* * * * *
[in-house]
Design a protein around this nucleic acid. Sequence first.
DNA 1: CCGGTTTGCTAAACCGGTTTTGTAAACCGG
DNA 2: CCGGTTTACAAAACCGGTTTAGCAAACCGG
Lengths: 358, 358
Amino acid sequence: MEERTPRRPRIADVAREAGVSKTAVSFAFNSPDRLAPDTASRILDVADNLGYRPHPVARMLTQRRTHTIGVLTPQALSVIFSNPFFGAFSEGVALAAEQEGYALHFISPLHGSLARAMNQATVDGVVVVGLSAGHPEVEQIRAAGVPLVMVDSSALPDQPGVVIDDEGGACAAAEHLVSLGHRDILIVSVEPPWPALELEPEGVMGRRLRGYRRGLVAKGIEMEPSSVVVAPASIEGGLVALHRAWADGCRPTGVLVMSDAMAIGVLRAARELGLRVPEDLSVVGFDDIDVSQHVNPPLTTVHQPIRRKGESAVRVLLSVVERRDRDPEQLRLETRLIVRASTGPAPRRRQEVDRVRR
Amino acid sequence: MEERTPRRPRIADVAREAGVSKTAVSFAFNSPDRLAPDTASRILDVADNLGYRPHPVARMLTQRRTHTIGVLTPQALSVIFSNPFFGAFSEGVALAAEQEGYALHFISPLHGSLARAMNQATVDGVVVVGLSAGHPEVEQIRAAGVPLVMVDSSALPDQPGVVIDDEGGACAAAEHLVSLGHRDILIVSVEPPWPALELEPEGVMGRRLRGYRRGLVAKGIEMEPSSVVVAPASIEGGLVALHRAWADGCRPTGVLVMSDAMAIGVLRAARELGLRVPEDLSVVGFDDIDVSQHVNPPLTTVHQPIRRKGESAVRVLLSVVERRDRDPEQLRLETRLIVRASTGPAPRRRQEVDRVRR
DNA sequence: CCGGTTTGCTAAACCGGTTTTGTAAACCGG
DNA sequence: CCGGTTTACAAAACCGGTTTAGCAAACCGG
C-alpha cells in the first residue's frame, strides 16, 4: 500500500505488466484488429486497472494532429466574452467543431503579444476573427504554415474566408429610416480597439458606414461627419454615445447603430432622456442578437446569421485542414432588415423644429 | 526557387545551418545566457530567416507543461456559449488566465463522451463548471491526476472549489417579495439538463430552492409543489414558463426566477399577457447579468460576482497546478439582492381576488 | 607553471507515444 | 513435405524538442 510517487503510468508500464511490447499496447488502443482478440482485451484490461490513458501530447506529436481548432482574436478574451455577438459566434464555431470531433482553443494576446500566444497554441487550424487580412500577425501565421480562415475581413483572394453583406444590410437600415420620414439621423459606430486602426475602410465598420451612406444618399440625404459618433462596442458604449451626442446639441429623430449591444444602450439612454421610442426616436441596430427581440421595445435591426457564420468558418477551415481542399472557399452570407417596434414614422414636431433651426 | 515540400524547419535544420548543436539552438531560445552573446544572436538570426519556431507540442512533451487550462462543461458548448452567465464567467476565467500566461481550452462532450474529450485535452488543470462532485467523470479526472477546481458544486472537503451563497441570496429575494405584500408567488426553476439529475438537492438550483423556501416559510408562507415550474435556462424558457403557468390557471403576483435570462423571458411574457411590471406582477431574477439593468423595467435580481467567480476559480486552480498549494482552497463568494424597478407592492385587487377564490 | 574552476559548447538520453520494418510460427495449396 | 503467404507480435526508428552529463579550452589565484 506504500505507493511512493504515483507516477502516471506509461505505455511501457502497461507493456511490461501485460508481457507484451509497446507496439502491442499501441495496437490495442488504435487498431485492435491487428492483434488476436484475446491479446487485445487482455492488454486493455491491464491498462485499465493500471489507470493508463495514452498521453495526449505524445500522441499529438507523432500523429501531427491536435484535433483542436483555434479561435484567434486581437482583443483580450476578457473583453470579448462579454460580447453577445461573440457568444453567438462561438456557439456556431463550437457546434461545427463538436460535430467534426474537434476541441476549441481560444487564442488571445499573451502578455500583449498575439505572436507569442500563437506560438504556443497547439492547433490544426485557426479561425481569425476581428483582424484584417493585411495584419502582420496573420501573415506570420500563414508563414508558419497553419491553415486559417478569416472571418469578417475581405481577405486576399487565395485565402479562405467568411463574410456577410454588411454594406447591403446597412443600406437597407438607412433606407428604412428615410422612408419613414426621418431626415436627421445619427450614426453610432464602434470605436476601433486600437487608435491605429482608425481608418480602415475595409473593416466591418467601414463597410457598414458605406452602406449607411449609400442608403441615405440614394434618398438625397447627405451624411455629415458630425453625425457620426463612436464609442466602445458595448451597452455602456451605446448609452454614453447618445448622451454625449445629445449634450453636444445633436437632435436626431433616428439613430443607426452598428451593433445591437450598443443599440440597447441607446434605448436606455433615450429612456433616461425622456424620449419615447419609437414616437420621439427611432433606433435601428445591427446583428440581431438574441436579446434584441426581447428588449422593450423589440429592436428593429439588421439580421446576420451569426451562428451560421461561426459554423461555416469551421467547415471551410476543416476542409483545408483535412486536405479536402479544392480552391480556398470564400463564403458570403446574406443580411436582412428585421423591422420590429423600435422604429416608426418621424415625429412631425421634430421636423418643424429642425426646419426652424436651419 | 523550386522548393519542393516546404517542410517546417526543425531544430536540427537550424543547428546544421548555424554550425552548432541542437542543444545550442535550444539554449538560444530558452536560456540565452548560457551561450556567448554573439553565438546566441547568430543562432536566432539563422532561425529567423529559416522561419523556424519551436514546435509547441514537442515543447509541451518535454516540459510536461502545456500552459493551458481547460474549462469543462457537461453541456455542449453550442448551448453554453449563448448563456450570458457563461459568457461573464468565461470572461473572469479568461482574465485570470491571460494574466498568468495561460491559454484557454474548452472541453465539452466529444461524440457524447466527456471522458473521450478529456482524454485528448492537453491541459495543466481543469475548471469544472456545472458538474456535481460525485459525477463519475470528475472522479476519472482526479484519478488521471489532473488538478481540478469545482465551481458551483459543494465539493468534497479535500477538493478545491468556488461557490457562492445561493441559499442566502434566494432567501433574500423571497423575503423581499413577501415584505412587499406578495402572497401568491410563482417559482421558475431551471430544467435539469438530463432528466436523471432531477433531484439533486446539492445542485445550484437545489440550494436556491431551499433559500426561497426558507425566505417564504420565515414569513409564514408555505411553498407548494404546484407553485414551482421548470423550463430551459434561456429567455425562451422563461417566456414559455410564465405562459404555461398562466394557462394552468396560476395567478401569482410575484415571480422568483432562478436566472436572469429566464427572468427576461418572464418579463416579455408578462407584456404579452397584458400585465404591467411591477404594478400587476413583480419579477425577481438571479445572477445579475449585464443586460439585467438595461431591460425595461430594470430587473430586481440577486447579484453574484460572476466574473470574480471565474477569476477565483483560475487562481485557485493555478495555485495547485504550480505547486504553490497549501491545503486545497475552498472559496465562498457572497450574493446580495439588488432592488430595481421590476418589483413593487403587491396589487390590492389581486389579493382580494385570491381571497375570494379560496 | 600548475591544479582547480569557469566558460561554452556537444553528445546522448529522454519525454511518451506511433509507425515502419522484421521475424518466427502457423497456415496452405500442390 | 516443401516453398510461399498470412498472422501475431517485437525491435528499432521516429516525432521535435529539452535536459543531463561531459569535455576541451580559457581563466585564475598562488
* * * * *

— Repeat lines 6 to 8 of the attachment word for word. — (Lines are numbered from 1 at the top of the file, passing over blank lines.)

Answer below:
Amino acid sequence: MEERTPRRPRIADVAREAGVSKTAVSFAFNSPDRLAPDTASRILDVADNLGYRPHPVARMLTQRRTHTIGVLTPQALSVIFSNPFFGAFSEGVALAAEQEGYALHFISPLHGSLARAMNQATVDGVVVVGLSAGHPEVEQIRAAGVPLVMVDSSALPDQPGVVIDDEGGACAAAEHLVSLGHRDILIVSVEPPWPALELEPEGVMGRRLRGYRRGLVAKGIEMEPSSVVVAPASIEGGLVALHRAWADGCRPTGVLVMSDAMAIGVLRAARELGLRVPEDLSVVGFDDIDVSQHVNPPLTTVHQPIRRKGESAVRVLLSVVERRDRDPEQLRLETRLIVRASTGPAPRRRQEVDRVRR
Amino acid sequence: MEERTPRRPRIADVAREAGVSKTAVSFAFNSPDRLAPDTASRILDVADNLGYRPHPVARMLTQRRTHTIGVLTPQALSVIFSNPFFGAFSEGVALAAEQEGYALHFISPLHGSLARAMNQATVDGVVVVGLSAGHPEVEQIRAAGVPLVMVDSSALPDQPGVVIDDEGGACAAAEHLVSLGHRDILIVSVEPPWPALELEPEGVMGRRLRGYRRGLVAKGIEMEPSSVVVAPASIEGGLVALHRAWADGCRPTGVLVMSDAMAIGVLRAARELGLRVPEDLSVVGFDDIDVSQHVNPPLTTVHQPIRRKGESAVRVLLSVVERRDRDPEQLRLETRLIVRASTGPAPRRRQEVDRVRR
DNA sequence: CCGGTTTGCTAAACCGGTTTTGTAAACCGG